See below our section in The Open Garden of Ireland Book published in 2017

Formality, personality and enthusiasm are not words found regularly sharing a space. Paula Byrne is someone whose garden combines all three with seeming ease. I use the word seeming because walking around between beds stuffed with roses and herbaceous perennials, tied in by solid box walls, edged with military-neat stone paths, backed by even neater beech and hornbeam hedges, it is still, for some unfathomable reason, possible to be fooled into believing that this all just happened. Paula is a woman with the magic formula. She is only partially interested in what varieties of rose and peony she grows. Cannot always recall the names of the tulips, but she has no hesitation remembering the name of the friend who helped build this gate or that greenhouse, this obelisk or that fence. I love her garden in a way I do not always love formal gardens. It has her pleasant personality sprinkled everywhere. This is no surprise. She works it every single day. Rain only ever stops play momentarily, sending her into one of several little painted sheds or shelter until the shower passes and from what I could see, when inside the sheds she is busy arranging the tools, pots and whatnots so that they too look great. Jealousy trailed behind me on my walk. Back out in the garden she loves her David Austen roses and plants them by the dozen, woven through with repeat plantings of blue haze nepeta and all sorts of hardy geraniums, crocosmia and anthemis, libertia and bulbs. The explosions of flower look even more explosive hemmed in by the box and beech, see-through trellis and step-over espaliered apples. This is three acres divided into a number of garden rooms around the house. Glimpses of one can be caught when you are in another. Meanwhile, views of the Meath countryside can be caught through cream-coloured park fencing, elegant iron gates with even a little turnstile in one place. Paula’s sense of style is even carried into the vegetable garden where there are as many flowers as vegetables. The apple trees are under planted with flowers and there are distracting cherry fields visible over the hedge. This garden would make a scruff want to pull up their socks.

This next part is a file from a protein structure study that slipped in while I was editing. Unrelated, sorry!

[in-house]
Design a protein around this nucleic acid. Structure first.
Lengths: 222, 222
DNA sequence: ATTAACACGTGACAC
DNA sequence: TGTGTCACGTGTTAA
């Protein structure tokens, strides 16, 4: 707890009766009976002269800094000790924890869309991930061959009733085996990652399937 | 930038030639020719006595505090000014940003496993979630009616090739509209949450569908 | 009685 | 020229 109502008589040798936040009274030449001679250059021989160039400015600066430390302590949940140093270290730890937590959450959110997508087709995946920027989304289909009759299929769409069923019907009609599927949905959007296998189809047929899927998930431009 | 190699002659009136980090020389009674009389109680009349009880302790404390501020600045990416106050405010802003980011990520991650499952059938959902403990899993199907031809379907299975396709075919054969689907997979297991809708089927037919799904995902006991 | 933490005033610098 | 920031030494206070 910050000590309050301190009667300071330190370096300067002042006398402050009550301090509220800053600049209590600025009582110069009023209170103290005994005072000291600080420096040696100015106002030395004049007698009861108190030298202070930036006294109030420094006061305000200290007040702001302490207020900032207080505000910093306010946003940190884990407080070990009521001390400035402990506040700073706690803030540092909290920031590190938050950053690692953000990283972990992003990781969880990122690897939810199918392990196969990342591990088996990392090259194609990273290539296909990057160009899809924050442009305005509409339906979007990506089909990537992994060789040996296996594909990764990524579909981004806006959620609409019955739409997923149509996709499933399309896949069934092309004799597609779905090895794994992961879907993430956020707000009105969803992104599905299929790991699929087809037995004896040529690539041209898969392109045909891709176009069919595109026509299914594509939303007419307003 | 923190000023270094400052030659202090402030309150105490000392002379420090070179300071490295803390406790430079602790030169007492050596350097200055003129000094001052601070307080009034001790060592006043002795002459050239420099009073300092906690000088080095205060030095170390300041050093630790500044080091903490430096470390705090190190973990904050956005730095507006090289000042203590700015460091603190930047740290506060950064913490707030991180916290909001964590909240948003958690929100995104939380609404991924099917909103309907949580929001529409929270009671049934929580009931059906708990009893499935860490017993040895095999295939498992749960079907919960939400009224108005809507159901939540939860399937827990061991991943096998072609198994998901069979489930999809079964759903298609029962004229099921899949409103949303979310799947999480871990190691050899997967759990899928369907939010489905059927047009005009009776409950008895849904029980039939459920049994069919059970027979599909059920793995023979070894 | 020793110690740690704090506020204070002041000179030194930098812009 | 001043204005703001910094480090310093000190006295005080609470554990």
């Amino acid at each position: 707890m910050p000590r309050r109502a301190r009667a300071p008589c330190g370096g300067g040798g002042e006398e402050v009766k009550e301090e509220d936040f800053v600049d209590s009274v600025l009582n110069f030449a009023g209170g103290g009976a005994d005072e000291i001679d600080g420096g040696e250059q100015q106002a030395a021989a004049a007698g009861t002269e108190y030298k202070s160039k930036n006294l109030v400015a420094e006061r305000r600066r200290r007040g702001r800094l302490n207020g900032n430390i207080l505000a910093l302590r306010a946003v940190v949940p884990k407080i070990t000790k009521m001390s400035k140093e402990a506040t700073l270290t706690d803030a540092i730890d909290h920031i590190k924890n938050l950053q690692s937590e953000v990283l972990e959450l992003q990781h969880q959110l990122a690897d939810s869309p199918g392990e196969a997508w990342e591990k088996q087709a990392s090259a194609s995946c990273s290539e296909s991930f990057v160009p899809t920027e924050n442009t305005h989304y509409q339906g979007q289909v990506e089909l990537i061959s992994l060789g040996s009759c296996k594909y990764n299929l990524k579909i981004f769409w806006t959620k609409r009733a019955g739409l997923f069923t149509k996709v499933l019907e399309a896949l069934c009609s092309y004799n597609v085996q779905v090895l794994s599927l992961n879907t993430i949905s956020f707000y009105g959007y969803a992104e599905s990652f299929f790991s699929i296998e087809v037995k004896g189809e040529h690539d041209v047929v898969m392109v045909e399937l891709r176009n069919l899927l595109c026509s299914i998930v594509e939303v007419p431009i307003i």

See below our featured article in The Irish Garden Magazine published in July 2016